The biggest cryptocurrency scams in history (Part 3) — PlusToken
Scams are all too common in the cryptocurrency world — in addition to the monetary losses sustained by affected individuals, scams paint a negative picture of the industry and may scare off potential participants as well. However, in the case of one notable 2019 scam, the consequences may go beyond the direct victims. It seems that 2019 will also be remembered as the year of the uncovering of PlusToken, a cryptocurrency Ponzi scheme that allegedly took roughly $2.9 billion from investors.
What is the PlusToken and how did it work?
“Plus Token” was a cryptocurrency Ponzi scheme disguised as a high-yield investment program. Based in China, PlusToken presented itself as a cryptocurrency wallet that would reward users with high rates of return if they purchased the wallet’s associated PLUS cryptocurrency tokens with Bitcoin or Ethereum. The owners claimed those returns would be generated by “exchange profit, mining income, and referral benefits.” PlusToken would go on to be listed on several Chinese exchanges and hit a peak price of $350 USD, raking in investments from millions of people. PlusToken had a major following in Korea and China — especially among investors not familiar with cryptocurrencies. The scheme offered 9% to 18% monthly returns on investment.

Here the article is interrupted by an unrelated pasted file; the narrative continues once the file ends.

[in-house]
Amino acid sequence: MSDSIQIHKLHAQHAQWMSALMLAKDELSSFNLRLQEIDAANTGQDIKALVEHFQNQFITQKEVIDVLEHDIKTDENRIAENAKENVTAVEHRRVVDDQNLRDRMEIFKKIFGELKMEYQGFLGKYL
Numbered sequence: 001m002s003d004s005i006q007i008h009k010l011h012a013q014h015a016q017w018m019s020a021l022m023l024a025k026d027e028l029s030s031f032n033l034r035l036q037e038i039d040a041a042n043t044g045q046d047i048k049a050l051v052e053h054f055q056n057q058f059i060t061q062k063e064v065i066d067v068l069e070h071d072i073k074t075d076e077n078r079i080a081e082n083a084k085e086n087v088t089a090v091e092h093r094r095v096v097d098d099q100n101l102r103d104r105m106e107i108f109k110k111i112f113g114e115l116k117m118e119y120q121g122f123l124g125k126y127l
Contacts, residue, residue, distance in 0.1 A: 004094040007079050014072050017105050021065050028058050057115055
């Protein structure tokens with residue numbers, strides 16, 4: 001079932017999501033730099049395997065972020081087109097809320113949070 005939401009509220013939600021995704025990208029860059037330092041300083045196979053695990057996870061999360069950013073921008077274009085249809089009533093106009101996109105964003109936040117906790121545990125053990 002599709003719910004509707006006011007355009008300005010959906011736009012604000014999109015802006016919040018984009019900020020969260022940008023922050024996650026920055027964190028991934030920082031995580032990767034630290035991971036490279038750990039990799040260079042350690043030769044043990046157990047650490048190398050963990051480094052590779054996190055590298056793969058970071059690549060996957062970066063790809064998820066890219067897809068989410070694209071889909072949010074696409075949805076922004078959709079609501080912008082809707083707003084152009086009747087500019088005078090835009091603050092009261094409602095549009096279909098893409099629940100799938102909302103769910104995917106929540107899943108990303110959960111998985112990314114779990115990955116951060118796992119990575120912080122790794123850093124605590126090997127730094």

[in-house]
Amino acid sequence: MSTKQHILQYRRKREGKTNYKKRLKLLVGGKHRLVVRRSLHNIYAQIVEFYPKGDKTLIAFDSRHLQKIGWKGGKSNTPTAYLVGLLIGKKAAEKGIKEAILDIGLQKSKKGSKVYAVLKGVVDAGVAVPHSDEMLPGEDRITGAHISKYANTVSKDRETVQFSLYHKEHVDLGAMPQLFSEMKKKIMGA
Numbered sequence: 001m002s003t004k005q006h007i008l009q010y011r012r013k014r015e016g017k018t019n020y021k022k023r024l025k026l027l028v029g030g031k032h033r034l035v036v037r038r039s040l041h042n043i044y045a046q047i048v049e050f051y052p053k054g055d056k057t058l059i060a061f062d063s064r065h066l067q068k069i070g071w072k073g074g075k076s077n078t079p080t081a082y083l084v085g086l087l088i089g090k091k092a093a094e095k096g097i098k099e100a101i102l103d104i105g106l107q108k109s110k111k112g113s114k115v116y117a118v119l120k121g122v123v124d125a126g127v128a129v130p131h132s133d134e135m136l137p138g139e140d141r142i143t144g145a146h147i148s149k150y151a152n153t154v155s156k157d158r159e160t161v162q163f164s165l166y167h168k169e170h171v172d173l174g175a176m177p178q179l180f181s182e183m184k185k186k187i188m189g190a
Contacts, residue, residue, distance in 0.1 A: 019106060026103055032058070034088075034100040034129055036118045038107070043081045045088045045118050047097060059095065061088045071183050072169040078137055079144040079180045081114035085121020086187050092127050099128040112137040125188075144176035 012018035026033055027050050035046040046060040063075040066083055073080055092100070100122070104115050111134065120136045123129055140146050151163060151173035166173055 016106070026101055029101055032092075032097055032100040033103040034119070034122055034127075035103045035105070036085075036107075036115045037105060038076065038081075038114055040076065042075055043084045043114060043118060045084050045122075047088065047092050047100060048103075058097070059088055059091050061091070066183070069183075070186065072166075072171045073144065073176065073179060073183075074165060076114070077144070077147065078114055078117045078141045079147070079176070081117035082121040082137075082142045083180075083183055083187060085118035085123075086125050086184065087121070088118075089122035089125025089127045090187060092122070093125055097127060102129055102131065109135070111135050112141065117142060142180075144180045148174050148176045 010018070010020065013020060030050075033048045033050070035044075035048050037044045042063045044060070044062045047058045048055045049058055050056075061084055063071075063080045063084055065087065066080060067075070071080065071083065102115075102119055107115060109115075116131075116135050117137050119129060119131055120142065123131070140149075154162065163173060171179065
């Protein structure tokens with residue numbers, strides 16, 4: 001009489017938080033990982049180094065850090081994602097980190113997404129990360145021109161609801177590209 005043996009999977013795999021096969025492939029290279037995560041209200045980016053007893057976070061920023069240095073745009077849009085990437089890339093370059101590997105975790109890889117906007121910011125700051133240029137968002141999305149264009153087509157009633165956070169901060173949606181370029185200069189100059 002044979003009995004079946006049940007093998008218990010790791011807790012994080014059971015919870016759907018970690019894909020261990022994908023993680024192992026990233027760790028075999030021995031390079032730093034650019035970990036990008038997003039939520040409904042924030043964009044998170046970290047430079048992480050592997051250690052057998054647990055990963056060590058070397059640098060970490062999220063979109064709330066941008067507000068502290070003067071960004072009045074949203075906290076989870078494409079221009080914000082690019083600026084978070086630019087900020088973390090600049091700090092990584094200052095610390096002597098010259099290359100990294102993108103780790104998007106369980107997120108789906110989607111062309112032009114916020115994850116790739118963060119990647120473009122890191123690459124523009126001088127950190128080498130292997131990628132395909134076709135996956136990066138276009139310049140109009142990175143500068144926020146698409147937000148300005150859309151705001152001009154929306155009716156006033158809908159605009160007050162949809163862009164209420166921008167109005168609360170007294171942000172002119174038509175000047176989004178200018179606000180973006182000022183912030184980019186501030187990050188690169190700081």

PlusToken became popular by relying on conferences and meetups to promote the token, like the one shown in these videos.
Plus Token maintained an illusion of sustainable business by pretending the funds are used to develop cryptocurrency-related products such as the Plus Token Wallet and Exchange. However, returns are generated by dividing more recent investments to pay off older members. The illusion of a sustainable business is what classifies this as a Ponzi Scheme — victims believed that they were investing in a business that generates high returns. Additionally, had a strong referral element, which gave huge bonuses to any member who referred friends and family into the scheme. Investors were divided into 4 “tiers”, according to how much they invested and how many other referrals they can make. This meant the more a member referred, the exponentially higher the return.
Many of the transactions were conducted through mixers like Wasabi Wallet, which utilizes the CoinJoin protocol to make it more difficult to trace the path of funds. Here’s an example in the form of a graph below, courtesy of Chainanalysis Reactor.
The scammers also utilized peel chains and other complex movements to obfuscate the path of funds. This is an example for the scammers’ obfuscation attempts.
Where did the money go?
Rumors that PlusToken has something shady going on had an impact on the funds sent to the platform: blockchain analytics firm Elementus showed “a sudden halt in deposits near block 8,040,000 (June 27th), which, incidentally, is the same day that several members of the PlusToken team were reportedly arrested in Vanuatu.”
The report, which analyzed the ETH tokens that flowed out from PlusToken, said that indeed, “of the 9.9 million ETH collected by PlusToken, 9.2 million ETH has already been sent out” to “248k different addresses.” The vast majority of the ETH that left the platform was highly concentrated in a handful of addresses.